Robert W. Gordon

Visiting Professor of Law

Winter 2020

Biography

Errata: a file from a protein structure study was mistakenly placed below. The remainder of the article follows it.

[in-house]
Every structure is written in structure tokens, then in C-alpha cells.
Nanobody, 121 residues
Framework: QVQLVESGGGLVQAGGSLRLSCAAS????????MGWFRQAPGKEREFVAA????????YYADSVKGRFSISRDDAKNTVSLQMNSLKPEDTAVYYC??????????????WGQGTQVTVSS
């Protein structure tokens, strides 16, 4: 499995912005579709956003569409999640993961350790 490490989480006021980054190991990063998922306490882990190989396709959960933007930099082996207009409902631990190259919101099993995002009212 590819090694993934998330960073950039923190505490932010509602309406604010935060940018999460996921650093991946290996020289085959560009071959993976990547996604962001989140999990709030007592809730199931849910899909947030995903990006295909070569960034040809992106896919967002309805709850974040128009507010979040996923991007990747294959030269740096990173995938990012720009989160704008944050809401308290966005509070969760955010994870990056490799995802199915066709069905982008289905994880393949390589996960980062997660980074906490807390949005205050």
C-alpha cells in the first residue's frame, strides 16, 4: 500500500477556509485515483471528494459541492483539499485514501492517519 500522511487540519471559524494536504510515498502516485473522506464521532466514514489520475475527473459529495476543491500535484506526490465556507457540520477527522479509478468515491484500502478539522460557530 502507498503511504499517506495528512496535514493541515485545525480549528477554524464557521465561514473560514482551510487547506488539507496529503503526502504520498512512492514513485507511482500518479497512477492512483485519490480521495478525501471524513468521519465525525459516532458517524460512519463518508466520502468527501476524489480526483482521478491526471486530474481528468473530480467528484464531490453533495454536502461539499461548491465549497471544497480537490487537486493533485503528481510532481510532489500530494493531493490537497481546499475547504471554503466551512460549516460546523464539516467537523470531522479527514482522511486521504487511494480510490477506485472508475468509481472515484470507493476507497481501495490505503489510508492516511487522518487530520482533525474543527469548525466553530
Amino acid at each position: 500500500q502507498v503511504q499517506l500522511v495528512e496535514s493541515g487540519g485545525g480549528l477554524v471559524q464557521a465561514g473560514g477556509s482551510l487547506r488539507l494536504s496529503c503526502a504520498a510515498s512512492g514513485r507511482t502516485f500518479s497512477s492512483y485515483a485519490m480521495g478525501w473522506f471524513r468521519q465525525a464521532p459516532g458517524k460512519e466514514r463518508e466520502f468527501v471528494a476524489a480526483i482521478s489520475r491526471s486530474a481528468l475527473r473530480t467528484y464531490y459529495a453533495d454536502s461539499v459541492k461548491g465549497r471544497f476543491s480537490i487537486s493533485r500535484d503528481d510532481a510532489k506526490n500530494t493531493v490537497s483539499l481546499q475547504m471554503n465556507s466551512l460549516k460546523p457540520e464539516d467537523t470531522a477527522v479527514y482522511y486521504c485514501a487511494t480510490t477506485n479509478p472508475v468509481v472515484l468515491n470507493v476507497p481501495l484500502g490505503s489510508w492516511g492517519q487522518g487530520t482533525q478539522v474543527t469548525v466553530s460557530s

A preeminent legal historian, prolific scholar, and gifted teacher, Professor Robert W. Gordon’s expertise in American legal history, evidence, the legal profession, and law and globalization spans four decades, his influence on generations of lawyers and legal scholars incalculable. He has written extensively on contract law, legal philosophy, and on the history and current ethics and practices of the organized bar. Professor Gordon is known for his key works, The Legacy of Oliver Wendell Holmes (1992), and Storie Critiche del Diritto (Critical Legal Histories) (1995), and is editor of Law, Society, and History: Themes in the Legal Sociology and Legal History of Lawrence M. Friedman, which examines and celebrates the scholarship of Stanford’s Marion Rice Kirkwood Professor of Law Lawrence Friedman. Professor Gordon received his BA from Harvard University and his JD from Harvard Law School. Before going to law school, he worked as a newspaper reporter and served in the U.S. Army. Following law school, he served in the Office of the Attorney General of Massachusetts (1971). Professor Gordon taught previously at Stanford Law School in 1983-1995, and most recently, he was the Chancellor Kent Professor of Law and Legal History at Yale Law School. He also taught at the University of Buffalo Law School SUNY and the University of Wisconsin, and was a visiting professor at Harvard University, Oxford University, the University of Toronto, and the European University Institute. Professor Gordon has served on several American Bar Association and Connecticut Bar task forces on professional ethics and practice and on the Advisory Board of the Legal Profession Program of the Open Society Institute (Soros Foundation). He also is a past president of the American Society for Legal History. His forthcoming publications include: Lawyers of the Republic; Taming the Past: Law in History and History in Law (essays on legal history and the uses of history in legal argument); and The American Legal Profession, 1870-2000.

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